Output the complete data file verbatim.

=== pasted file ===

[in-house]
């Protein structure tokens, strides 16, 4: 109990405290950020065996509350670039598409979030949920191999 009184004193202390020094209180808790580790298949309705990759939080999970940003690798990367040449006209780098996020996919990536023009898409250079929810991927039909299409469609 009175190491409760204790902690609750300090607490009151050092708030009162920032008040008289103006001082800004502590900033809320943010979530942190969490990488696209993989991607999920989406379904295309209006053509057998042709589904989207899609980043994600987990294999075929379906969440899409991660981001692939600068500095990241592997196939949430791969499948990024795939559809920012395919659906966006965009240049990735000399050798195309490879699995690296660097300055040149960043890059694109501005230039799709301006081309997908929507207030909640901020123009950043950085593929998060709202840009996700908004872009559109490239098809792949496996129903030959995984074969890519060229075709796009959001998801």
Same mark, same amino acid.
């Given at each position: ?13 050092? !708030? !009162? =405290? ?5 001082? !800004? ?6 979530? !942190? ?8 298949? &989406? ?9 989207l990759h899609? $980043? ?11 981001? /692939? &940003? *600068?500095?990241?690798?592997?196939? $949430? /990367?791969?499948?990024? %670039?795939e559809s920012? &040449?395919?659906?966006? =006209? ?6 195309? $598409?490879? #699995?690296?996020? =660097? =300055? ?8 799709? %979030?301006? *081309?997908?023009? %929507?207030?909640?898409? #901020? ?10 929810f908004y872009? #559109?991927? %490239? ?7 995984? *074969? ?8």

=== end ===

[in-house]
């Protein structure tokens, strides 16, 4: 109990405290950020065996509350670039598409979030949920191999 009184004193202390020094209180808790580790298949309705990759939080999970940003690798990367040449006209780098996020996919990536023009898409250079929810991927039909299409469609 009175190491409760204790902690609750300090607490009151050092708030009162920032008040008289103006001082800004502590900033809320943010979530942190969490990488696209993989991607999920989406379904295309209006053509057998042709589904989207899609980043994600987990294999075929379906969440899409991660981001692939600068500095990241592997196939949430791969499948990024795939559809920012395919659906966006965009240049990735000399050798195309490879699995690296660097300055040149960043890059694109501005230039799709301006081309997908929507207030909640901020123009950043950085593929998060709202840009996700908004872009559109490239098809792949496996129903030959995984074969890519060229075709796009959001998801």
Same mark, same amino acid.
């Given at each position: ?13 050092? !708030? !009162? =405290? ?5 001082? !800004? ?6 979530? !942190? ?8 298949? &989406? ?9 989207l990759h899609? $980043? ?11 981001? /692939? &940003? *600068?500095?990241?690798?592997?196939? $949430? /990367?791969?499948?990024? %670039?795939e559809s920012? &040449?395919?659906?966006? =006209? ?6 195309? $598409?490879? #699995?690296?996020? =660097? =300055? ?8 799709? %979030?301006? *081309?997908?023009? %929507?207030?909640?898409? #901020? ?10 929810f908004y872009? #559109?991927? %490239? ?7 995984? *074969? ?8």